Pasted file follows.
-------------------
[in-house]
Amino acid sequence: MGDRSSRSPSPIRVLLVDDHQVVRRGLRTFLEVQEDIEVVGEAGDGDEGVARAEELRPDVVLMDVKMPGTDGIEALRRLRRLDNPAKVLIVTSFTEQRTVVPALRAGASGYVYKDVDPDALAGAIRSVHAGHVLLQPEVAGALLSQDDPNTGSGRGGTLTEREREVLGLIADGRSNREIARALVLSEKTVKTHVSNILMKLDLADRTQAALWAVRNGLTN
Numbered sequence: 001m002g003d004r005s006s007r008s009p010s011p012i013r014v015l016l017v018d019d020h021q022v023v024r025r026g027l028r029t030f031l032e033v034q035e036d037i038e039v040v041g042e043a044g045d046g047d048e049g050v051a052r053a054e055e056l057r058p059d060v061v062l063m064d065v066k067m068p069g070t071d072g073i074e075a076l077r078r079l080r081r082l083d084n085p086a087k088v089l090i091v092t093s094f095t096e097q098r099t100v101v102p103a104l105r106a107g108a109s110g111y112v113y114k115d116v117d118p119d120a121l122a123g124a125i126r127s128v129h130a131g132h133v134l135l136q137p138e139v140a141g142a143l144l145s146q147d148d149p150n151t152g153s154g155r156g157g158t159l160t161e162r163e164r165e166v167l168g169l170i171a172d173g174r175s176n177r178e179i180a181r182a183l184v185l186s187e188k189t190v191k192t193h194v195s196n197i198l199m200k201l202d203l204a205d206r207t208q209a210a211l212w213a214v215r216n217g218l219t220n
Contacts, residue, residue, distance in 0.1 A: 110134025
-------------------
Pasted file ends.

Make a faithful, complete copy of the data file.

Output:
[in-house]
Amino acid sequence: MGDRSSRSPSPIRVLLVDDHQVVRRGLRTFLEVQEDIEVVGEAGDGDEGVARAEELRPDVVLMDVKMPGTDGIEALRRLRRLDNPAKVLIVTSFTEQRTVVPALRAGASGYVYKDVDPDALAGAIRSVHAGHVLLQPEVAGALLSQDDPNTGSGRGGTLTEREREVLGLIADGRSNREIARALVLSEKTVKTHVSNILMKLDLADRTQAALWAVRNGLTN
Numbered sequence: 001m002g003d004r005s006s007r008s009p010s011p012i013r014v015l016l017v018d019d020h021q022v023v024r025r026g027l028r029t030f031l032e033v034q035e036d037i038e039v040v041g042e043a044g045d046g047d048e049g050v051a052r053a054e055e056l057r058p059d060v061v062l063m064d065v066k067m068p069g070t071d072g073i074e075a076l077r078r079l080r081r082l083d084n085p086a087k088v089l090i091v092t093s094f095t096e097q098r099t100v101v102p103a104l105r106a107g108a109s110g111y112v113y114k115d116v117d118p119d120a121l122a123g124a125i126r127s128v129h130a131g132h133v134l135l136q137p138e139v140a141g142a143l144l145s146q147d148d149p150n151t152g153s154g155r156g157g158t159l160t161e162r163e164r165e166v167l168g169l170i171a172d173g174r175s176n177r178e179i180a181r182a183l184v185l186s187e188k189t190v191k192t193h194v195s196n197i198l199m200k201l202d203l204a205d206r207t208q209a210a211l212w213a214v215r216n217g218l219t220n
Contacts, residue, residue, distance in 0.1 A: 110134025